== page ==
In part 4 of our beginner series we’re going to be talking about those pesky annual fees and why, most of the time, they aren’t as bad as they seem.

When deciding on which cards you should apply for it’s all about determining the overall potential value of a new credit card and to do that you have to take into consideration the annual fee that comes along with it each year. Often times, beginners in this hobby see that annual fee and immediately get turned off. But don’t close the door on that card too quickly! All you need to do is weigh the value of the sign up bonus and annual benefits vs. the cost of the annual fee. You’ll need to do some quick research on all the perks that come with the card, assign a dollar value to those perks, add that to the value of the sign up bonus, then subtract the annual fee. This simple equation will give you the overall potential value of applying for the card. Repeat that same equation once more without adding the value of the signup bonus and that will give you the overall potential value of keeping the card after the first year. If you’re still in the positive you’re still saving/making money despite that scary annual fee!

(Insert Basic Math Graphic)

A quick review to make sure I didn’t lose you. We’re simply trying to determine 2 things:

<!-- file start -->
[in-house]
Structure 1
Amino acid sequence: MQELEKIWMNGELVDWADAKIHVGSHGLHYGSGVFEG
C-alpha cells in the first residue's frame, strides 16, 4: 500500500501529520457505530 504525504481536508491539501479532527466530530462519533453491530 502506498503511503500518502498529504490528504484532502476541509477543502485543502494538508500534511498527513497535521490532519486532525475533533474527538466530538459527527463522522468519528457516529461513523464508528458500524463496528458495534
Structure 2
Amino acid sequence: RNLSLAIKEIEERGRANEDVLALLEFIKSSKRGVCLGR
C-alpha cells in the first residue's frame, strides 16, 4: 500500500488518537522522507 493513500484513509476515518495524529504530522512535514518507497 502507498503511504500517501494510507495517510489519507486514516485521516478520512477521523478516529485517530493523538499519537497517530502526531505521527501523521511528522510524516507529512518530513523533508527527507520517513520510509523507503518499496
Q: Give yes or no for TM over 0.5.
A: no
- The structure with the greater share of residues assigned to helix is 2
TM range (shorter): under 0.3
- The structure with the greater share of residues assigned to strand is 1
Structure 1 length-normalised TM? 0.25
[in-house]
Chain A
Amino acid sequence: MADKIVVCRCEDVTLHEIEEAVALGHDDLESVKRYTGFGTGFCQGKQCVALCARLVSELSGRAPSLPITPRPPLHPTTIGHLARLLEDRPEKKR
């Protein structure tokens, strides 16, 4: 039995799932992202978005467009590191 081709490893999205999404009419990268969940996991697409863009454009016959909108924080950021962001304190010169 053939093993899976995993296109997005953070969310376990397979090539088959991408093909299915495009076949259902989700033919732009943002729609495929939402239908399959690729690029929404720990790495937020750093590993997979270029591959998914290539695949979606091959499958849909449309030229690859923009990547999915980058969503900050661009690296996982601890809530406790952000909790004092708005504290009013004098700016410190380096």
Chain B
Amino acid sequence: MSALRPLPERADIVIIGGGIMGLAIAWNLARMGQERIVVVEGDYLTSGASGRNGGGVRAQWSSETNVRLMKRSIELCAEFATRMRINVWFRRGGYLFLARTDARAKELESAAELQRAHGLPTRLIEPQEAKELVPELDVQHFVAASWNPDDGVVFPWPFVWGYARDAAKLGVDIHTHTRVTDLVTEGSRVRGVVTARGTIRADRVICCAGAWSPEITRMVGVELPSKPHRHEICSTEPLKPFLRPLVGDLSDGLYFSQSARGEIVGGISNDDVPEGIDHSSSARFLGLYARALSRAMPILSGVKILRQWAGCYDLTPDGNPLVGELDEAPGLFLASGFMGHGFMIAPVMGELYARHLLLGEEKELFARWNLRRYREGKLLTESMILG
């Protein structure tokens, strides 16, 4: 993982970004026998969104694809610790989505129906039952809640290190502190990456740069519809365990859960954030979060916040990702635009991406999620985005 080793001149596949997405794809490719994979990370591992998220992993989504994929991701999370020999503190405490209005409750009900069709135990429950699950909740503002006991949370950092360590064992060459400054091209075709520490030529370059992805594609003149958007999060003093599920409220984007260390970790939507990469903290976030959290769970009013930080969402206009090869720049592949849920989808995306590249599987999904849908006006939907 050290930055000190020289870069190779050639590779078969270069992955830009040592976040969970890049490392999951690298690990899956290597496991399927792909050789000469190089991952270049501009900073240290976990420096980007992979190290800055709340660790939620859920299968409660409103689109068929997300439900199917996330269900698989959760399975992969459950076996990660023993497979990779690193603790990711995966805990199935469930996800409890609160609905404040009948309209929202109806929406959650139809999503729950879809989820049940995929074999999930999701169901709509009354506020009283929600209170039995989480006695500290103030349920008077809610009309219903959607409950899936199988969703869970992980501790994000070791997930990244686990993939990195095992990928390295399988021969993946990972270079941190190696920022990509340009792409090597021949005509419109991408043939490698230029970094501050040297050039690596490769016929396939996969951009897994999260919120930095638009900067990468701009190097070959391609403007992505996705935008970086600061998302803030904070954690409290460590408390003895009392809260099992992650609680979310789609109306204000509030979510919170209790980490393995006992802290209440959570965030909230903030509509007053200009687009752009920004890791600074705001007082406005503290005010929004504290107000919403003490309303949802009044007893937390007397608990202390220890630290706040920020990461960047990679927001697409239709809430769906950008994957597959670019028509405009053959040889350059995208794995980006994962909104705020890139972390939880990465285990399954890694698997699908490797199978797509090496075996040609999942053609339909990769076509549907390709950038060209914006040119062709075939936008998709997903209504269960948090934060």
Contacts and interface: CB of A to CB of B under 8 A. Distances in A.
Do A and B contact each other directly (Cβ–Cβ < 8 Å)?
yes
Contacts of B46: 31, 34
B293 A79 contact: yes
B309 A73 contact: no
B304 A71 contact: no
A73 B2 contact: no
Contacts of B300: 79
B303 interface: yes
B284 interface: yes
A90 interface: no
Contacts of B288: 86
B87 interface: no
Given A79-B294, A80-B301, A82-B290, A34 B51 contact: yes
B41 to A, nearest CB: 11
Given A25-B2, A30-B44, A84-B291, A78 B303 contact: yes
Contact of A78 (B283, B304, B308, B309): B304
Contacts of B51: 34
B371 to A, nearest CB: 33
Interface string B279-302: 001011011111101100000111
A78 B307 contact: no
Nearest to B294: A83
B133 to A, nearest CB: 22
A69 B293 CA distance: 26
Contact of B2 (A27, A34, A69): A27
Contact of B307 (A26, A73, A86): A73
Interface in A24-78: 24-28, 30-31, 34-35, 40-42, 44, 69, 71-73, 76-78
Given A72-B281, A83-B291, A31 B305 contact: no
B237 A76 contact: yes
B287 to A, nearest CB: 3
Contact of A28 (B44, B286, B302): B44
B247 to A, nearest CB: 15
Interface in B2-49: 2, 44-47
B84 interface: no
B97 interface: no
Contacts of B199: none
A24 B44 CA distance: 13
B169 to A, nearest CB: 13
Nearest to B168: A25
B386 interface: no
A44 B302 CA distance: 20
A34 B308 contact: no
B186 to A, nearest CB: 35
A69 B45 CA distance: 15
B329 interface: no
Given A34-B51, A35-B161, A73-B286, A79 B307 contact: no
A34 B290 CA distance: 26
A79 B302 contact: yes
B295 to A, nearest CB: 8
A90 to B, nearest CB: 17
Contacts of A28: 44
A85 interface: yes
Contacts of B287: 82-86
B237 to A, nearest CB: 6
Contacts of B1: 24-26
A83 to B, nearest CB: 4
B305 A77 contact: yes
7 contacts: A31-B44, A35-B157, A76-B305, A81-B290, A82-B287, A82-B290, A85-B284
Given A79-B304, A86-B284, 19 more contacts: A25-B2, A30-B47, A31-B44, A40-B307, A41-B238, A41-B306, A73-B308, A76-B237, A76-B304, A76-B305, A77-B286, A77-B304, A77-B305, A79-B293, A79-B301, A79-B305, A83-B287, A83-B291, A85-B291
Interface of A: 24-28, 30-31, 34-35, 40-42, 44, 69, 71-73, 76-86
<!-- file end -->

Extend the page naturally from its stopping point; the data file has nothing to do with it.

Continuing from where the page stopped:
1. Is the card worth applying for.
  2. Is the card worth keeping annually after you’ve earned your signup bonus

There are basically 3 possible conclusions you can come to:

  1. Apply for the card with the plan of canceling at month 11.
  2. Apply for the card and keep it forever.
  3. Don’t apply for the card.

To make this easier to understand I’m going to go through this evaluation process on 4 different cards with 4 different annual fees that are currently in my wallet.

Chase-Freedom-2014_zps7fflil4l

Chase Freedom – Annual Fee $0

We’ll start with the easiest first. Many cards come with no annual fees. The downside to this is that often times they don’t come with many perks or benefits either. In this case the Chase Freedom comes with a $150 cash back (15,000 Ultimate Rewards Points) sign-up bonus along with an earning rate of 5 points per dollar in various categories that rotate quarterly. While there are benefits/reasons to keep the card based off of its potential earnings from daily spending it would be hard to assign a dollar value to that and will vary from person to person so I’ll simplify things by valuing the annual perks at $0. Lets do the math, even though we all know the answer already.

Should I apply for the card?

Value of Sign-Up Bonus ($150) + Value of annual Perks ($0) – Annual Fee ($0) = $150

Conclusion: Yes!

Should I keep the card?

Value of annual Perks ($0) – Annual Fee ($0) = $0

Conclusion: Yes!

1bbt_sigcm_v_black_250x158Alaska Airline Signature Visa – Annual Fee $75

You wouldn’t think it but Alaskan Airline miles are some of the best miles in the game and the Alaskan Airline Signature Visa is an easy way to get some fast. Currently the best offer includes a sign-up bonus of 30,000 and a $100 statement credit. I currently value Alaska miles at 1.8 cent per point which gives the 30,000 points a potential value of $540 plus the $100 statement credit. The card also offers a companion pass starting at $121 and free checked bags. Lets do the math!